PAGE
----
The first paragraph of Example 2 is specifically designed to ensure that the licensee and its patrons are entitled to use licensed materials in ways that are consistent with the fair use provisions of the United States and International Law.
Example3, however, is, literally, a red flag. It tells the licensee to look elsewhere in the agreement to find another clause or clauses that may whittle away at the right that appears to be acknowledged here. The “other restriction” may well be reasonable and restrict activity that no one considers fair use, but the licensee must check carefully to be sure.
Example 2 also addresses the difficult issue of interlibrary lending of digital materials. As is often the case, licensors often demand the flat prohibition of all interlibrary lending of digital materials.
For print works, interlibrary lending is a routine, widely accepted practice among libraries in the United States. Indeed, the federal Copyright Act expressly permits interlibrary lending in Section 108. But interlibrary lending of print works is within the bounds of Copyright Law only so long as it does not substitute for a subscription to or sale of a work. Publishers have been relatively satisfied that adherence to the CONTU Guidelines, coupled with the difficulty and cost of photocopying and mailing or faxing whole works insures compliance with this restriction.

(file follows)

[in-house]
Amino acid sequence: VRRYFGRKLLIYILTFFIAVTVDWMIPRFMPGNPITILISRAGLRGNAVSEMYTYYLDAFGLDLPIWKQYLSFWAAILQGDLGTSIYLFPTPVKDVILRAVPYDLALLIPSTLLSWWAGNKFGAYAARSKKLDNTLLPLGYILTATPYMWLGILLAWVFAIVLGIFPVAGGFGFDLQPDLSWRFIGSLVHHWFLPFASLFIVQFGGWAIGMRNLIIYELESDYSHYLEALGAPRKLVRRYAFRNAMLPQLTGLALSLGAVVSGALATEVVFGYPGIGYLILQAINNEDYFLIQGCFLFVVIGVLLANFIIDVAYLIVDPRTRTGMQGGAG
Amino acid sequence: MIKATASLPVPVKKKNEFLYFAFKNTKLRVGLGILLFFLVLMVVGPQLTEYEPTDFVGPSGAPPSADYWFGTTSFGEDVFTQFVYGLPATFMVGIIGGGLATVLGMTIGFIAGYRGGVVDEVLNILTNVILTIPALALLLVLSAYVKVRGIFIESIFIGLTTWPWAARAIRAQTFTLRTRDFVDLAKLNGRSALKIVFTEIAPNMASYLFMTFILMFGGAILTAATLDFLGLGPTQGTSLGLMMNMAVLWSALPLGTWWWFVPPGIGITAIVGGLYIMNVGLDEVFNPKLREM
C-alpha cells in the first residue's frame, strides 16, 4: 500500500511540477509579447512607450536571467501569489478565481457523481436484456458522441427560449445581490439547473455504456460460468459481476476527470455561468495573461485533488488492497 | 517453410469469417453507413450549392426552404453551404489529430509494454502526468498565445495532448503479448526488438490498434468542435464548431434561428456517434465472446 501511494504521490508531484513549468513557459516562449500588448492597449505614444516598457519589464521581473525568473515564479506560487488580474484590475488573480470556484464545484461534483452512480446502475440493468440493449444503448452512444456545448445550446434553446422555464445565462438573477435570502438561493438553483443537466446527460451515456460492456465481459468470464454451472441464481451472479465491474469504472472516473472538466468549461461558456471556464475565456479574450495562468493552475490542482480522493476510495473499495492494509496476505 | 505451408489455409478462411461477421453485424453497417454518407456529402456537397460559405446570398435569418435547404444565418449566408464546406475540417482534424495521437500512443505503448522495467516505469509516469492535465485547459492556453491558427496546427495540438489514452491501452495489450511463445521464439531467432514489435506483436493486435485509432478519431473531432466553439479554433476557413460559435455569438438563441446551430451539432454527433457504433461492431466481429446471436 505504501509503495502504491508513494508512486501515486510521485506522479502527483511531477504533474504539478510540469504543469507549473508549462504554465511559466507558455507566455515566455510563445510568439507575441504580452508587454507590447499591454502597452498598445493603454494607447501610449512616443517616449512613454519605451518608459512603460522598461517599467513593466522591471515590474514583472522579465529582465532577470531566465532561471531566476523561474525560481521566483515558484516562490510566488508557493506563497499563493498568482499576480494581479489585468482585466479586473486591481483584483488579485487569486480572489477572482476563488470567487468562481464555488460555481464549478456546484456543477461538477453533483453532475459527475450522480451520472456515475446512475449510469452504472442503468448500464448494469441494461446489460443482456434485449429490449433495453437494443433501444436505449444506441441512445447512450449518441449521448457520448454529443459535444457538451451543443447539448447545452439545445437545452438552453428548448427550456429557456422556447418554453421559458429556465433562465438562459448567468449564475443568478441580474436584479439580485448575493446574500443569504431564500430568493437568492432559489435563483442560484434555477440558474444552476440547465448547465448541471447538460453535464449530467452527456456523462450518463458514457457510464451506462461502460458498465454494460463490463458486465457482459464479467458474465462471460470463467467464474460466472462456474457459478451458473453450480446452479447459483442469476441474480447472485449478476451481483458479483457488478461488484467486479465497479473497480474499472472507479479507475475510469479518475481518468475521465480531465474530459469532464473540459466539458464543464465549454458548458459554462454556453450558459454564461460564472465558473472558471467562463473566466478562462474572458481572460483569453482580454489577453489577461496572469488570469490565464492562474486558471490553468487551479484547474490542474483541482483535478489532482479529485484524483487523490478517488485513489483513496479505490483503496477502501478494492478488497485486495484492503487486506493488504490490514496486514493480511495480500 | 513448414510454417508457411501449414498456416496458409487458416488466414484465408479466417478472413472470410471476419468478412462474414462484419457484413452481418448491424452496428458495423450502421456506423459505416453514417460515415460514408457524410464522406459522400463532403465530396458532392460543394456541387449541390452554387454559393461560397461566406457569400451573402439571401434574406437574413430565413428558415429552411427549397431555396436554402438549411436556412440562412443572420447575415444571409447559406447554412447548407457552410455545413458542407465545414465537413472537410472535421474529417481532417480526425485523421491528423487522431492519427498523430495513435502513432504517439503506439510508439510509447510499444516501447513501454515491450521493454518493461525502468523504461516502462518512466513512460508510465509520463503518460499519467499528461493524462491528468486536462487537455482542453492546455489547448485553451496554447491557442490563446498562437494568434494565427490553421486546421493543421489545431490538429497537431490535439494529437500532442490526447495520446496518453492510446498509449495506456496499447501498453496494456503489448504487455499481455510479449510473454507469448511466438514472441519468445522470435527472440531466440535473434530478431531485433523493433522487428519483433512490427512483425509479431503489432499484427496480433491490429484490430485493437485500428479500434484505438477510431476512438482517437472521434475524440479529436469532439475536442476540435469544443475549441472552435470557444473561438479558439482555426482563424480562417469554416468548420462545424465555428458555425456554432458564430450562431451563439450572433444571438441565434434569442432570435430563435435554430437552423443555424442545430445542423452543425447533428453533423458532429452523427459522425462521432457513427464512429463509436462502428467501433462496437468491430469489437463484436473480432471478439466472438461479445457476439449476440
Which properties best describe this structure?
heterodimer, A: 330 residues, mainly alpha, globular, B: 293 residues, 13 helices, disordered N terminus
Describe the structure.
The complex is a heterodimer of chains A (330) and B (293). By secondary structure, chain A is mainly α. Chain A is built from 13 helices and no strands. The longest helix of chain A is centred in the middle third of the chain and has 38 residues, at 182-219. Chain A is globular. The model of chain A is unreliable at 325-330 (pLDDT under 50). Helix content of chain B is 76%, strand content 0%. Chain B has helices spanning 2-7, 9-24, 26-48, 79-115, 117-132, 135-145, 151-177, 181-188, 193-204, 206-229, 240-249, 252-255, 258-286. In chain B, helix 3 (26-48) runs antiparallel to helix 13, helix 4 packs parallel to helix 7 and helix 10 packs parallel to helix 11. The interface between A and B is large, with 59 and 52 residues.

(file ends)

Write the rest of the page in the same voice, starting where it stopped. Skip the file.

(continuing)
In the digital environment, copyright owners are not so confident because entire digital works can be cheaply and easily replicated. As a result, licensors are concerned that interlibrary loans of digital materials will result in lost sales. They are further concerned that where a licensor has no contractual relationship with the receiving library, the licensor has less control over the making of more copies of its materials.